Tips for Fair Fighting in Relationships
Here are eleven tips to help keep your discussions with your partner from escalating into arguments
1. Be clear about the exact issue you wish to talk about or are angry about. Stick to only this issue in the course of your discussion. If there are several issues to be resolved, it might be best to arrange separate times to deal with each. If you bring in too many issues, you will be unlikely to resolve any of them.
2. Choose a time which suits both of you. Agree about how long you will go on for and stick to the deadline. Do not start a discussion when one of you has something important to do; for example putting children to bed, or when one of you has just returned home from work.
3. If possible, choose a suitable place where you can be private and undisturbed. You may wish to unplug the phone or switch on the answer phone.
4. Take it turns to talk and really listen to each other, and give each other an equal amount of time. Shouting across each other may be satisfying in the short term, however it will not lead to a successful resolution of the issues.
5. Make statements rather than ask questions. Speak without accusations or judgements. Ask permission before you make an emotionally loaded statement. Avoid generalisations for example "you always" or "you never" etc. When the other person has finished speaking, try to accept their statements without becoming defensive. Before you express your own viewpoint, repeat their thoughts and feelings back to them so that you are both clear that you have understood.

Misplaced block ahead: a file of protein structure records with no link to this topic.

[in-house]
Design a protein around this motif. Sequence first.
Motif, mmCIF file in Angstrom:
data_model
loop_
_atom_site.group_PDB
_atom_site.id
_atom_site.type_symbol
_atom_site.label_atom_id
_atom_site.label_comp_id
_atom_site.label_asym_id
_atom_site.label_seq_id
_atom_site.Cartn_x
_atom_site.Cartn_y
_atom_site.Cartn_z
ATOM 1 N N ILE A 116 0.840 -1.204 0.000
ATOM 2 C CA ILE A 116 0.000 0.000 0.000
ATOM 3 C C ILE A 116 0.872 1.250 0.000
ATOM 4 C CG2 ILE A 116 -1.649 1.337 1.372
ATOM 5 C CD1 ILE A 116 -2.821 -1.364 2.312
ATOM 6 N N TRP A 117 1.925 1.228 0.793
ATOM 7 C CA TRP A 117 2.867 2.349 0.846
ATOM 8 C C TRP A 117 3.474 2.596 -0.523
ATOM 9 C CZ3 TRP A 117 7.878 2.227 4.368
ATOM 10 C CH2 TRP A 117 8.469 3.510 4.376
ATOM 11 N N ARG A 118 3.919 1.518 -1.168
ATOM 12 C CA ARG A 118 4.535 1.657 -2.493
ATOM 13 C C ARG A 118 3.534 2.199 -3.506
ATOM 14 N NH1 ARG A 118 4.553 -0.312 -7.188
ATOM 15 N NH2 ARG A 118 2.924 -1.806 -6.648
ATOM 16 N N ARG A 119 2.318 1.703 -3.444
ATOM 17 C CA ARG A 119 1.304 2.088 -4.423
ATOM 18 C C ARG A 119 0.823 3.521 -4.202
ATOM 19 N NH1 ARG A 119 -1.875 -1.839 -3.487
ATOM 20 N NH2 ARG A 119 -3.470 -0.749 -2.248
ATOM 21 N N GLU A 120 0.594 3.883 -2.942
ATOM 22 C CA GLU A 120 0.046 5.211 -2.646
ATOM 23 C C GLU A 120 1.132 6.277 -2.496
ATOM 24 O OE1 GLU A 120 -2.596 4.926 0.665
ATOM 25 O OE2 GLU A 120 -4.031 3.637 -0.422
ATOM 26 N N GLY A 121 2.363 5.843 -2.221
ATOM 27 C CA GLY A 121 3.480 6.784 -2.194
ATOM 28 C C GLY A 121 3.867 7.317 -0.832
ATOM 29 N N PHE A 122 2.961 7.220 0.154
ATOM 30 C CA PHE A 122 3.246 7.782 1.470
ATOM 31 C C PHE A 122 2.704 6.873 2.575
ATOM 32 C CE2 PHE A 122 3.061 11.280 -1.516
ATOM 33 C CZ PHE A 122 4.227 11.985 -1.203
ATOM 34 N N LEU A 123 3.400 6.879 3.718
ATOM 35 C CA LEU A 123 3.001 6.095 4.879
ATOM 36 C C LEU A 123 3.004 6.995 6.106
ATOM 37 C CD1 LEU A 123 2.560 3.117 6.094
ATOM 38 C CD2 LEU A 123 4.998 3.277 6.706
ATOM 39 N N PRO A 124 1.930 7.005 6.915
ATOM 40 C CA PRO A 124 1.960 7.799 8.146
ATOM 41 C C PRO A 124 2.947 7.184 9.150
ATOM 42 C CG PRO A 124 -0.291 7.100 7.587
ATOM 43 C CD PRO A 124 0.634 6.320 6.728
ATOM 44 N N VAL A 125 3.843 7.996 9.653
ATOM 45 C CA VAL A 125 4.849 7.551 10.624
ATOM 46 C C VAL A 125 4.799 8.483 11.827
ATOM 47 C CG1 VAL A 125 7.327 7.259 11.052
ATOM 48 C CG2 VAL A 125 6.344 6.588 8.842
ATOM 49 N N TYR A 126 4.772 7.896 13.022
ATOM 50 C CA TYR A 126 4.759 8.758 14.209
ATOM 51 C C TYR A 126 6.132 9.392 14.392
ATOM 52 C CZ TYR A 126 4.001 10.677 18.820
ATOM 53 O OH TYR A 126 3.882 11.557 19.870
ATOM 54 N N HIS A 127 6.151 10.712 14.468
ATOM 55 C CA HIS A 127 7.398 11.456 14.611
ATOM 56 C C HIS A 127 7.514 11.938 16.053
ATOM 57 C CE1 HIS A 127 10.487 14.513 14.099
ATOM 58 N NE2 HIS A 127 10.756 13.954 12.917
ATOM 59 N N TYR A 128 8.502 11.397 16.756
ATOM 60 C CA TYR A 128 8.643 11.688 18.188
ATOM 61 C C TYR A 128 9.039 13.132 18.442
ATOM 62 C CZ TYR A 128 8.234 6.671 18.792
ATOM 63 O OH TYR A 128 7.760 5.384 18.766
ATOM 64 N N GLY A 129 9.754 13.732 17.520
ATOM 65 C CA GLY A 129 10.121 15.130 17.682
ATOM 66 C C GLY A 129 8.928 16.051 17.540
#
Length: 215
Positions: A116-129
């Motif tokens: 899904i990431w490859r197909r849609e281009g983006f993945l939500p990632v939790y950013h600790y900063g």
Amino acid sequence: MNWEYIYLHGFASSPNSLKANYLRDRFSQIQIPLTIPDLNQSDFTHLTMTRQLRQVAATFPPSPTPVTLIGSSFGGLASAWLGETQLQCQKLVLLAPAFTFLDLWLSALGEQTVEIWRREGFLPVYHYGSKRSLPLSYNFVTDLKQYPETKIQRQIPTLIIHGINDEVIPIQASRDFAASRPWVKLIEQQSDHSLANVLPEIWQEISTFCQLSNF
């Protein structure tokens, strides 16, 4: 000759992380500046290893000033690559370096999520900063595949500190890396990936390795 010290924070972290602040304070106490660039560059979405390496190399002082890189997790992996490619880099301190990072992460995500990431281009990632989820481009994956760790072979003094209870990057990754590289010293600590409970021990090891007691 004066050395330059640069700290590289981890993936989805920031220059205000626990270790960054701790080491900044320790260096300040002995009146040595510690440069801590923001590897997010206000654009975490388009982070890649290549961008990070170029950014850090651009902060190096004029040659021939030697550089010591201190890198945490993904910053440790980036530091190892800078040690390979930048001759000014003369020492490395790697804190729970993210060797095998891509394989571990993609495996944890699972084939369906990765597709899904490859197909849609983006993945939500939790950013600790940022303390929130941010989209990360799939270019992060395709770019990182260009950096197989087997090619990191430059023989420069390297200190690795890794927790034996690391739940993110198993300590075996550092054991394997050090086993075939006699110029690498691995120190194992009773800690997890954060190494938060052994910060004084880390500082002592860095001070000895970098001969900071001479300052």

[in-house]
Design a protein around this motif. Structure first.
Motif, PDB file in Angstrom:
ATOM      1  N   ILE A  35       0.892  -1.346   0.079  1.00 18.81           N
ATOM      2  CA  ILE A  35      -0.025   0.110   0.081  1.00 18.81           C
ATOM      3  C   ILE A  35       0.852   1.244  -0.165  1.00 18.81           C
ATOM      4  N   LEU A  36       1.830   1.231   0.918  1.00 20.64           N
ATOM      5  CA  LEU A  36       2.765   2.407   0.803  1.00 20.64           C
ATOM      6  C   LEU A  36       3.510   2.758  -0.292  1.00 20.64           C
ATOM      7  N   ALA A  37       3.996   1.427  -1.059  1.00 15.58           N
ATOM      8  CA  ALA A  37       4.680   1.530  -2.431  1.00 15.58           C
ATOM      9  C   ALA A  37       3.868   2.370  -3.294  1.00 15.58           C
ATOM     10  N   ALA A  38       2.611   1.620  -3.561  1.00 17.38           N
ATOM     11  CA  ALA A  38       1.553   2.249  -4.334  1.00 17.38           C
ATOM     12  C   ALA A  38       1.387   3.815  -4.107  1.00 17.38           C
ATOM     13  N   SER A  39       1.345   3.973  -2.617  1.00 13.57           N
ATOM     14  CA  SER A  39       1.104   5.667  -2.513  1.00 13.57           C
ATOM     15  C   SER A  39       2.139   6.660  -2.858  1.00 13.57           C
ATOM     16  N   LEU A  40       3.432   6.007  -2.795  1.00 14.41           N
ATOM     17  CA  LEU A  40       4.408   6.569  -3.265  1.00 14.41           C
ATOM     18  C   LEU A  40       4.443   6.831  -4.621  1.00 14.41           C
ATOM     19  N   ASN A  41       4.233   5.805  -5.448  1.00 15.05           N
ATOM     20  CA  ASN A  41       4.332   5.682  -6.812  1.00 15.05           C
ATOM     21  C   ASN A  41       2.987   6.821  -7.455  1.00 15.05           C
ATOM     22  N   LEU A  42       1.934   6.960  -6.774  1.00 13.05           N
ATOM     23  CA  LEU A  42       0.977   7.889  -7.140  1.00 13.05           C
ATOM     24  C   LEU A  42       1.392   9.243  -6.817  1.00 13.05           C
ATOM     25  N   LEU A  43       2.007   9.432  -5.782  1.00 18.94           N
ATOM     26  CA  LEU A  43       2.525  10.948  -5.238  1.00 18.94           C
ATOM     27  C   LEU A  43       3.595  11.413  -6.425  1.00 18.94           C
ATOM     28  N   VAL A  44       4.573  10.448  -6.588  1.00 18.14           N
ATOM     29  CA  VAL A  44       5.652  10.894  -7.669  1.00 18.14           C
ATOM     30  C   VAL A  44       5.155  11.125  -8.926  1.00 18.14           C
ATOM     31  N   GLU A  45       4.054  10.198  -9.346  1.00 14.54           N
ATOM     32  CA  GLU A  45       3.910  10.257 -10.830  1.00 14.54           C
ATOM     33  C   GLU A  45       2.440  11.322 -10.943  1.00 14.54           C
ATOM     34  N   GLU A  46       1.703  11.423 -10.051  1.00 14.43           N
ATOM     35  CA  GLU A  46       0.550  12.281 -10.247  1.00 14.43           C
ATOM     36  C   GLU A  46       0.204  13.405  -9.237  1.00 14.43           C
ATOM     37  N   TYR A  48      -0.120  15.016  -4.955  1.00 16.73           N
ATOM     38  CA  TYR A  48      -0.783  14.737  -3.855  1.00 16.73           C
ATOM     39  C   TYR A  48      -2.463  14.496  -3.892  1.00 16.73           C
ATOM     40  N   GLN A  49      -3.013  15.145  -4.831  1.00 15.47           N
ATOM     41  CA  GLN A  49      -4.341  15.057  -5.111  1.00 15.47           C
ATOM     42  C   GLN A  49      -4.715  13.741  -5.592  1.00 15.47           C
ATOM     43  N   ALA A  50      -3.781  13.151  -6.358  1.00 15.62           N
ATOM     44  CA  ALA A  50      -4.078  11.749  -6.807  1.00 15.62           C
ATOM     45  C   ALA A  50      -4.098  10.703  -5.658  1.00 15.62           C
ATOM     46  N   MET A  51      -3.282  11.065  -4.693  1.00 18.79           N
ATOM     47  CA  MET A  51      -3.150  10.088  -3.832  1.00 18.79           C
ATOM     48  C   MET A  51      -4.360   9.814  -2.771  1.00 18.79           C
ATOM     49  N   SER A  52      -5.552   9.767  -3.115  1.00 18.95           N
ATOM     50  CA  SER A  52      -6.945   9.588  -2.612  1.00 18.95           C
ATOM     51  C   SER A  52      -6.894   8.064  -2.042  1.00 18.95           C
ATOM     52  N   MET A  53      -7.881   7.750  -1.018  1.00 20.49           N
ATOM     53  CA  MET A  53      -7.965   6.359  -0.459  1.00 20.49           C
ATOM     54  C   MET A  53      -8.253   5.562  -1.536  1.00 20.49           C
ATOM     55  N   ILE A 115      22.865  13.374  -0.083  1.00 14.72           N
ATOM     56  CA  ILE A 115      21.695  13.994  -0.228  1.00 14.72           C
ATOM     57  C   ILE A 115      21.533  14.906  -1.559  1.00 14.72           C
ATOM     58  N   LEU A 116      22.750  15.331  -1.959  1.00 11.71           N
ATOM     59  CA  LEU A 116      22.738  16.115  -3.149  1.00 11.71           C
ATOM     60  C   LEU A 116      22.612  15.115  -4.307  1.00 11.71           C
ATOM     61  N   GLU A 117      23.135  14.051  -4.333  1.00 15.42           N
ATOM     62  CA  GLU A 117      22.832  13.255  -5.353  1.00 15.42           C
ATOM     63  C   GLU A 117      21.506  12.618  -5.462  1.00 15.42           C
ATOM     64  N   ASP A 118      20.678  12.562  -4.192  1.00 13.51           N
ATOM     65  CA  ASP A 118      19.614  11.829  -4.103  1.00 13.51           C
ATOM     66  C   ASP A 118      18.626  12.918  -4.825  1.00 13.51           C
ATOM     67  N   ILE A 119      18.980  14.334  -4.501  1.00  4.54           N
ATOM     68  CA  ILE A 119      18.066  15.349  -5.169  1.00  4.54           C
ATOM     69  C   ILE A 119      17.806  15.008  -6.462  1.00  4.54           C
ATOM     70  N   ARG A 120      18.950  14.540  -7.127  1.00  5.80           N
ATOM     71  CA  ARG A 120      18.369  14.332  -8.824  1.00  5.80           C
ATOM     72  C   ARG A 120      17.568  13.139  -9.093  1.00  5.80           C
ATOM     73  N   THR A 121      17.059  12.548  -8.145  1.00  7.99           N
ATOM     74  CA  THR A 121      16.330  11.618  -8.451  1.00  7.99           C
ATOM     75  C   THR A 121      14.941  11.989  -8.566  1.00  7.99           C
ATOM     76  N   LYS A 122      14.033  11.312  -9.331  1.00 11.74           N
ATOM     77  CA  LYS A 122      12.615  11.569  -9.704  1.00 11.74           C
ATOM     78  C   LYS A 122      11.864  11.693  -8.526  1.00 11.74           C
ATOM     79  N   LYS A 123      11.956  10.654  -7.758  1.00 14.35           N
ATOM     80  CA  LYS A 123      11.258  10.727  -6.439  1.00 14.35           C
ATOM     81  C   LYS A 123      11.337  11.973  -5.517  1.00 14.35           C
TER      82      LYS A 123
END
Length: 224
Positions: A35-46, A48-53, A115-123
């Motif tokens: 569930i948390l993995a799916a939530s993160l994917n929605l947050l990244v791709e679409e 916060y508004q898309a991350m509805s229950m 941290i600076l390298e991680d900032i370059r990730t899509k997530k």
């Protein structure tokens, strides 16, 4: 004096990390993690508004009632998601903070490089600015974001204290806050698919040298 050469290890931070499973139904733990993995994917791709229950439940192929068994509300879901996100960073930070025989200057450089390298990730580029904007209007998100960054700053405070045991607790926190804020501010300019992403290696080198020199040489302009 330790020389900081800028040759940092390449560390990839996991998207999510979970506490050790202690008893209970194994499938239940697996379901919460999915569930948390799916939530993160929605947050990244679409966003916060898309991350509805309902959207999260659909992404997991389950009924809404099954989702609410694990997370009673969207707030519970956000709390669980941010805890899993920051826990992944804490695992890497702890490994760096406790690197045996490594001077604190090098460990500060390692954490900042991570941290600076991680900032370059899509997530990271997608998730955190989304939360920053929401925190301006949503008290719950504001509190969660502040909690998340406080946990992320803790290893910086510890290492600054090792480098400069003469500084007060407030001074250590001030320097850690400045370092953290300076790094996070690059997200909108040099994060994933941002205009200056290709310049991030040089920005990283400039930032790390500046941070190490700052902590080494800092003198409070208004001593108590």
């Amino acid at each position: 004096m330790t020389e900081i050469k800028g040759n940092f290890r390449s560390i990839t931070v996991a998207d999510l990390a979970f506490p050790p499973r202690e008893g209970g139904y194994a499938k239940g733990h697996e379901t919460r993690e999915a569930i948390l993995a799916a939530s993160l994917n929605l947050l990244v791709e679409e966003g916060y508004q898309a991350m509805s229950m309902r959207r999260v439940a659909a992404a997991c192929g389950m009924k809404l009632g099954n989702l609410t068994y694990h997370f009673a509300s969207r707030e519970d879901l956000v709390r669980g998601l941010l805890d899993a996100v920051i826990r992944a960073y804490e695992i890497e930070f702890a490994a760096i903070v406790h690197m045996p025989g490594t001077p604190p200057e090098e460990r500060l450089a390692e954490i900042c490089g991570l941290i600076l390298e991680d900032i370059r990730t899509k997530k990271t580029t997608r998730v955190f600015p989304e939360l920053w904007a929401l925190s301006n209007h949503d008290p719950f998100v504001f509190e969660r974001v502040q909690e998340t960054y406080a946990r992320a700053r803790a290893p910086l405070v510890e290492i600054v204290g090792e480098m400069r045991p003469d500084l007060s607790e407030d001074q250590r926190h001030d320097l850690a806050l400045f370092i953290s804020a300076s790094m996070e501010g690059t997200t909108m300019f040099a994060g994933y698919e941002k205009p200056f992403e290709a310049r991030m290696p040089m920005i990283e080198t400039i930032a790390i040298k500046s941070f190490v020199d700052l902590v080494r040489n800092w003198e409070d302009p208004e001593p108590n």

6. DO NOT DRAG UP THE PAST. Stick to the particular issue that you have both decided is the subject of the fight. Although very tempting, if you bring up a catalogue of past "sins" or misdemeanours it will only cloud the issue.
7. Express any anger you may feel, but DO NOT resort to abuse such as name calling, blaming or worst of all violence. These tactics are not only dismissive and disrespectful, in the worst case are likely to lead to the courts or worse. An agreement not to harm the other person, you or the environment is a good starting point.
8. Stop if you can't keep the communication straight; stop if you feel that the fight is no longer related to the specific issue; stop if either of you become abusive.
9. Take your share of responsibility for what has happened. Be prepared to apologise for any error which is identified on your part, and be prepared to hear and accept an apology from the other person. Both can be very difficult.
10. You may not be able to reach an agreement. It is ok to agree to differ and work out a compromise together.
11. Agree to discuss a compromise; often what is required is a creative compromise. Remember the goal is not to have a "winner" and "loser"; healthy relationships are "win-win".